A quadruple increase over the last decade of out-of-state students who pay higher tuition at the University of California but who may have lower grades and test scores has "undermined" the 10-school system's mission to serve California residents according to a 116-page audit.
The report, requested a year ago by Democratic state Assemblyman Mike Gipson, claims that "the university’s decision to increase the enrollment of nonresidents has made it more difficult for California residents to gain admission to the university." State Auditor Elaine Howle, who authored the report with her staff, has recommended that state legislature somehow cap the number of non-California students the UC system admits.
Non-residents, who represent 1 in 5 students at popular campuses like UCLA and UC Berkeley, pay $38,108 — roughly three times the $13,400 tuition charged to in-state students as Chronicle observes.
Rebutting the audit, UC system president Janet Napolitano wrote that “If anything has constrained the enrollment of California students, it has been reductions in state funding. Nonresidents pay the full cost of their education — and more.” Since 2008, non residents have provided $728 million to the University of California.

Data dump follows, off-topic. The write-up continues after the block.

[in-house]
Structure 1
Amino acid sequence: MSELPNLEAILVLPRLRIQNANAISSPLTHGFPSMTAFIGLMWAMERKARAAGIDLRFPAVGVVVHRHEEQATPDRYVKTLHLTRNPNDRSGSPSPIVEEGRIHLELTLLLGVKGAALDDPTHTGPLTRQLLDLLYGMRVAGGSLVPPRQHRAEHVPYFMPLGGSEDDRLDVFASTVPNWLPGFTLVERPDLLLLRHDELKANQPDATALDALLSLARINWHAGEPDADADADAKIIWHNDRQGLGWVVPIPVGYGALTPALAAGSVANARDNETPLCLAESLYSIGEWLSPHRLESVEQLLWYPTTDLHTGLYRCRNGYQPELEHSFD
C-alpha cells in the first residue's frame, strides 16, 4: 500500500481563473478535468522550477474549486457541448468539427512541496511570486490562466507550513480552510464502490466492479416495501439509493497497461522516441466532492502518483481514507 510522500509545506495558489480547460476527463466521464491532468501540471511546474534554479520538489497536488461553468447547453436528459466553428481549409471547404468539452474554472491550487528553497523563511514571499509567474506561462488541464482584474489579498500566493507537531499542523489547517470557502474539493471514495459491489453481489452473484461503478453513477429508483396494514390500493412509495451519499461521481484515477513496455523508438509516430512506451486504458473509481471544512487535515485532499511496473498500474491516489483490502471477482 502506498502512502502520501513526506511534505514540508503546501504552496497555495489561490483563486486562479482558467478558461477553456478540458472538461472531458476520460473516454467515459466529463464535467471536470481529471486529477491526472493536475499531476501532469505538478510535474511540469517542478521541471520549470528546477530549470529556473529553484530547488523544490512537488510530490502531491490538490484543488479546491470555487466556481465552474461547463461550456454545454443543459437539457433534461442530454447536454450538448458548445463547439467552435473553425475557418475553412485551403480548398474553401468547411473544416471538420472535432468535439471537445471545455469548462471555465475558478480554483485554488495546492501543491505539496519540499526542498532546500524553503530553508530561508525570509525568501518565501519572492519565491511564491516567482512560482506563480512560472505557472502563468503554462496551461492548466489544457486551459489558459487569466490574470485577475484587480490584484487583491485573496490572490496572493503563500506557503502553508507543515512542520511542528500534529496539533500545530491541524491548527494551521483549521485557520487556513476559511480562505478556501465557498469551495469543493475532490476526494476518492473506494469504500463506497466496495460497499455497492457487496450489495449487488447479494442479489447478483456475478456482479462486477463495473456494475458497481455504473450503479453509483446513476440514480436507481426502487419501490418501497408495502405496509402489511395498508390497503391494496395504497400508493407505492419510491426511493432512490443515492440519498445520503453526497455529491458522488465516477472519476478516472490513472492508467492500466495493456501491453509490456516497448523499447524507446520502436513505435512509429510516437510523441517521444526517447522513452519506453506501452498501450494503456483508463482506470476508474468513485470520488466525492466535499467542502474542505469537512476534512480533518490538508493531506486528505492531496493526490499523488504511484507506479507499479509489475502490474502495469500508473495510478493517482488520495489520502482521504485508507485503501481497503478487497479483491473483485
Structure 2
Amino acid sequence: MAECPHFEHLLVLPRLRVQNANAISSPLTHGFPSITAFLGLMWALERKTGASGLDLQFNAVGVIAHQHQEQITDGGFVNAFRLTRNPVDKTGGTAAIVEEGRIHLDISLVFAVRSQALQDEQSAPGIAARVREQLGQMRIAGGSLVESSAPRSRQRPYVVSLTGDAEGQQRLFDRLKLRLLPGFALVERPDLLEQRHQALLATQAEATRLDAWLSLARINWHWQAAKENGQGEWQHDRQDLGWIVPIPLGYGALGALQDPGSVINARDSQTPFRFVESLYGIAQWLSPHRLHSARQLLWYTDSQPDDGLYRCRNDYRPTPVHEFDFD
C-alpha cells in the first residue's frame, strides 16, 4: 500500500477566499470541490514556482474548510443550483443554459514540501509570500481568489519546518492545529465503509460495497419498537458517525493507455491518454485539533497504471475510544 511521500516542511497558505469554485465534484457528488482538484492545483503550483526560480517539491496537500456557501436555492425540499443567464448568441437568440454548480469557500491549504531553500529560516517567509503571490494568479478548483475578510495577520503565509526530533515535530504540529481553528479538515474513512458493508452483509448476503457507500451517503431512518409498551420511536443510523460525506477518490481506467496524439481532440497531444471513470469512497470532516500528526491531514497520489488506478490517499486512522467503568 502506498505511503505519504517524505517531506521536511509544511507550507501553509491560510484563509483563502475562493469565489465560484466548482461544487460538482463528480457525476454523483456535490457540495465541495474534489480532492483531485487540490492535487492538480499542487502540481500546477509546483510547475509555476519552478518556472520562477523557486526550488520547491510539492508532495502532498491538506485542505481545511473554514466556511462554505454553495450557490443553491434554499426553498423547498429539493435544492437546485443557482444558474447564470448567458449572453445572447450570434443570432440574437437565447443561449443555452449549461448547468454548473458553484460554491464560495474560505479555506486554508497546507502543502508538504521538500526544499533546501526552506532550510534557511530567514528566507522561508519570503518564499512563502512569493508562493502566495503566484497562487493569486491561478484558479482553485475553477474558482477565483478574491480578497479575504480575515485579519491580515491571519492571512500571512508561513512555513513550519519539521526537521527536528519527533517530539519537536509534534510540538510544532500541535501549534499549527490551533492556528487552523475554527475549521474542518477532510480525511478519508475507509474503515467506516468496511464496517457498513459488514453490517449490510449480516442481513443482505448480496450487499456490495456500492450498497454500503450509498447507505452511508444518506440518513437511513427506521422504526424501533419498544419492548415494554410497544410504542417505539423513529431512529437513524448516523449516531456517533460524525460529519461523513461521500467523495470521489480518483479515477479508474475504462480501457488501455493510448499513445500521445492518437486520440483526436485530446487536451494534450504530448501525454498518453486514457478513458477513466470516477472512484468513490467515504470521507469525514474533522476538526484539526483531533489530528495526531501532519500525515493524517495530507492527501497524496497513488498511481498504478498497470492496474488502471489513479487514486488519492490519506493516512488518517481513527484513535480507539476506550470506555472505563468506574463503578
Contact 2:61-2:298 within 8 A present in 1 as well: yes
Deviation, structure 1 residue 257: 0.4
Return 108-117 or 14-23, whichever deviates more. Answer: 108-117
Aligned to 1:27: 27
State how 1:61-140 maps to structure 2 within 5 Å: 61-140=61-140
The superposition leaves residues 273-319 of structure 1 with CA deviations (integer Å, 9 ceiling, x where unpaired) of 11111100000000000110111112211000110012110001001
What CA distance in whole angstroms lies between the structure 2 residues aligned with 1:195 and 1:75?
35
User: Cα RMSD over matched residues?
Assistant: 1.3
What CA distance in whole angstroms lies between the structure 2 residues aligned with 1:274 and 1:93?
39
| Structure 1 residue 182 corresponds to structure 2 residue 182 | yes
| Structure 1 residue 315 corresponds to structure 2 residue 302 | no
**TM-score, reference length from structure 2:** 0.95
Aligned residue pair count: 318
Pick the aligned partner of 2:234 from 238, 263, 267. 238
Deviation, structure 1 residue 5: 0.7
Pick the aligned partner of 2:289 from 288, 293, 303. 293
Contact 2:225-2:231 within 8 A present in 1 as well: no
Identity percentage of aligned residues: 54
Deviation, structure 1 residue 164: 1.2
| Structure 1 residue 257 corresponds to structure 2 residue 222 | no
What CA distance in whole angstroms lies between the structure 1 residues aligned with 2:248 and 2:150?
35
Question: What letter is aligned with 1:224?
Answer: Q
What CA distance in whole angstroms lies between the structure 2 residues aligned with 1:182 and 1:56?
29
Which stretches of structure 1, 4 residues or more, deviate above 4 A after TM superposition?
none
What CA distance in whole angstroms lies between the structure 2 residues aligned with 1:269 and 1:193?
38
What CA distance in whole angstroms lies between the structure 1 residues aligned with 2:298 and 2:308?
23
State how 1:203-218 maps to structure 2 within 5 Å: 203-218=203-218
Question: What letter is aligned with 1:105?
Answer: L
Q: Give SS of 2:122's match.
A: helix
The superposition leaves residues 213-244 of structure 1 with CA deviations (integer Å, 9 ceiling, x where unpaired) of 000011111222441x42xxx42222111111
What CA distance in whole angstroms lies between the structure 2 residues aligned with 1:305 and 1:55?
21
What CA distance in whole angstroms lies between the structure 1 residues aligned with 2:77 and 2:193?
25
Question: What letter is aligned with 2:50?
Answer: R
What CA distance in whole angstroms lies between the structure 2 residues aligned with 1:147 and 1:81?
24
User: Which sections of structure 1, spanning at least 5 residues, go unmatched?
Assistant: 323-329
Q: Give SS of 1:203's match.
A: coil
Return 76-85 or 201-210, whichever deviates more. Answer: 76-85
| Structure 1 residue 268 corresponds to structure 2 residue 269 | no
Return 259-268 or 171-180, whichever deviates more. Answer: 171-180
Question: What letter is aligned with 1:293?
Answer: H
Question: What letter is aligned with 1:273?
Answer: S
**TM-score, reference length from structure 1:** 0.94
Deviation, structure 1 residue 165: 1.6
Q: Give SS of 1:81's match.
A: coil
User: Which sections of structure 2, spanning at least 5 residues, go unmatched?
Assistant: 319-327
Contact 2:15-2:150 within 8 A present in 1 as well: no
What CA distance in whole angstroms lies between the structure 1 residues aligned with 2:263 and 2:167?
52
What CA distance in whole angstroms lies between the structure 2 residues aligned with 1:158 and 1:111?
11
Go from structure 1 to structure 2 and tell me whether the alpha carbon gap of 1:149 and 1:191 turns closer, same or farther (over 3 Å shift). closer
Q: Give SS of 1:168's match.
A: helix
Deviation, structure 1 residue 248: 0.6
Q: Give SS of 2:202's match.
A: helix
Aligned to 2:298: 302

The incentive to admit non-residents might be traced to 2008. Then, individual campuses were first allowed to hold on to extra tuition money they paid.
Meanwhile, the LA Times points out that UC has agreed to admit 5,000 more California residents for fall 2016 in order to receive $25 million in funding. The system guarantees admission to a UC campus provided that students are in the top 9% of their high school class and maintain a 3.0 grade point average over required classes. Often, such students are offered a place at UC Merced even if they do not list it as a top choice, according to the audit. Alternatively, non-residents are disproportionately offered their first-choice campus if admitted.
As the Business Times frames the situation, the University of California has been in a standoff over its budget with Governor Brown. "Providing adequate state funding is the best way to increase the number of California students at UC," Napolitano's rebuttal argued.
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